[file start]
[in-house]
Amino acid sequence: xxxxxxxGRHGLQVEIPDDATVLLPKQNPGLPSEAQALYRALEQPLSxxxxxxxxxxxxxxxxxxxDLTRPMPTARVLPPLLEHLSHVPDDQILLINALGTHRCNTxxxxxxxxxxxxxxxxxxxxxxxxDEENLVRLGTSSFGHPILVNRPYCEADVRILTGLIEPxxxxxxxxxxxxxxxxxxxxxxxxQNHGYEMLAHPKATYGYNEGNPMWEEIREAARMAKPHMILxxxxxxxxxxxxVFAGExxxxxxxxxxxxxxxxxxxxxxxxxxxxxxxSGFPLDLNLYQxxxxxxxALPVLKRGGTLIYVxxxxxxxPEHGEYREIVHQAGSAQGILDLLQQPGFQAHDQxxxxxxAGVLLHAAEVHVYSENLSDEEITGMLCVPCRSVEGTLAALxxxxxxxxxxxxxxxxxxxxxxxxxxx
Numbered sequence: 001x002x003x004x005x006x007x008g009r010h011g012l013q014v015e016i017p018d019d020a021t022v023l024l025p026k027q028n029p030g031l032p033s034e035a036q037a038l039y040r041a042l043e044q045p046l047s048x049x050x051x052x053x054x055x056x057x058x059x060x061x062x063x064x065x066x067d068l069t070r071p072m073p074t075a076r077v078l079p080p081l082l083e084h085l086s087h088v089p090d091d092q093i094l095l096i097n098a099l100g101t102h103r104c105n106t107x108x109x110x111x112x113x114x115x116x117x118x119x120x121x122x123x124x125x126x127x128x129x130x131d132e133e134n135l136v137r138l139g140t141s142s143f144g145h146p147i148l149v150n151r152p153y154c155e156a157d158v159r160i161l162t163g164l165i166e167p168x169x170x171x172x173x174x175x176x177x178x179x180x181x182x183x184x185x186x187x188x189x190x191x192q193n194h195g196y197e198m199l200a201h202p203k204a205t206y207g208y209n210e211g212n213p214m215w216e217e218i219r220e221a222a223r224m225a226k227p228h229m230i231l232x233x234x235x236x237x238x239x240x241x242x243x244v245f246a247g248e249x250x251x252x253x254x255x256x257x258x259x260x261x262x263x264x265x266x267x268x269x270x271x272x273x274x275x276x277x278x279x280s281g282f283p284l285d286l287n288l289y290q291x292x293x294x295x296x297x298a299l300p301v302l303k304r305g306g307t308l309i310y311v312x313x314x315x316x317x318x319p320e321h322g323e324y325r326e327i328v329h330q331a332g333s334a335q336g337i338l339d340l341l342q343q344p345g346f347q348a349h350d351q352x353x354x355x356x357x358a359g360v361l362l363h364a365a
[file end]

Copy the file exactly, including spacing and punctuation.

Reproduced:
[in-house]
Amino acid sequence: xxxxxxxGRHGLQVEIPDDATVLLPKQNPGLPSEAQALYRALEQPLSxxxxxxxxxxxxxxxxxxxDLTRPMPTARVLPPLLEHLSHVPDDQILLINALGTHRCNTxxxxxxxxxxxxxxxxxxxxxxxxDEENLVRLGTSSFGHPILVNRPYCEADVRILTGLIEPxxxxxxxxxxxxxxxxxxxxxxxxQNHGYEMLAHPKATYGYNEGNPMWEEIREAARMAKPHMILxxxxxxxxxxxxVFAGExxxxxxxxxxxxxxxxxxxxxxxxxxxxxxxSGFPLDLNLYQxxxxxxxALPVLKRGGTLIYVxxxxxxxPEHGEYREIVHQAGSAQGILDLLQQPGFQAHDQxxxxxxAGVLLHAAEVHVYSENLSDEEITGMLCVPCRSVEGTLAALxxxxxxxxxxxxxxxxxxxxxxxxxxx
Numbered sequence: 001x002x003x004x005x006x007x008g009r010h011g012l013q014v015e016i017p018d019d020a021t022v023l024l025p026k027q028n029p030g031l032p033s034e035a036q037a038l039y040r041a042l043e044q045p046l047s048x049x050x051x052x053x054x055x056x057x058x059x060x061x062x063x064x065x066x067d068l069t070r071p072m073p074t075a076r077v078l079p080p081l082l083e084h085l086s087h088v089p090d091d092q093i094l095l096i097n098a099l100g101t102h103r104c105n106t107x108x109x110x111x112x113x114x115x116x117x118x119x120x121x122x123x124x125x126x127x128x129x130x131d132e133e134n135l136v137r138l139g140t141s142s143f144g145h146p147i148l149v150n151r152p153y154c155e156a157d158v159r160i161l162t163g164l165i166e167p168x169x170x171x172x173x174x175x176x177x178x179x180x181x182x183x184x185x186x187x188x189x190x191x192q193n194h195g196y197e198m199l200a201h202p203k204a205t206y207g208y209n210e211g212n213p214m215w216e217e218i219r220e221a222a223r224m225a226k227p228h229m230i231l232x233x234x235x236x237x238x239x240x241x242x243x244v245f246a247g248e249x250x251x252x253x254x255x256x257x258x259x260x261x262x263x264x265x266x267x268x269x270x271x272x273x274x275x276x277x278x279x280s281g282f283p284l285d286l287n288l289y290q291x292x293x294x295x296x297x298a299l300p301v302l303k304r305g306g307t308l309i310y311v312x313x314x315x316x317x318x319p320e321h322g323e324y325r326e327i328v329h330q331a332g333s334a335q336g337i338l339d340l341l342q343q344p345g346f347q348a349h350d351q352x353x354x355x356x357x358a359g360v361l362l363h364a365a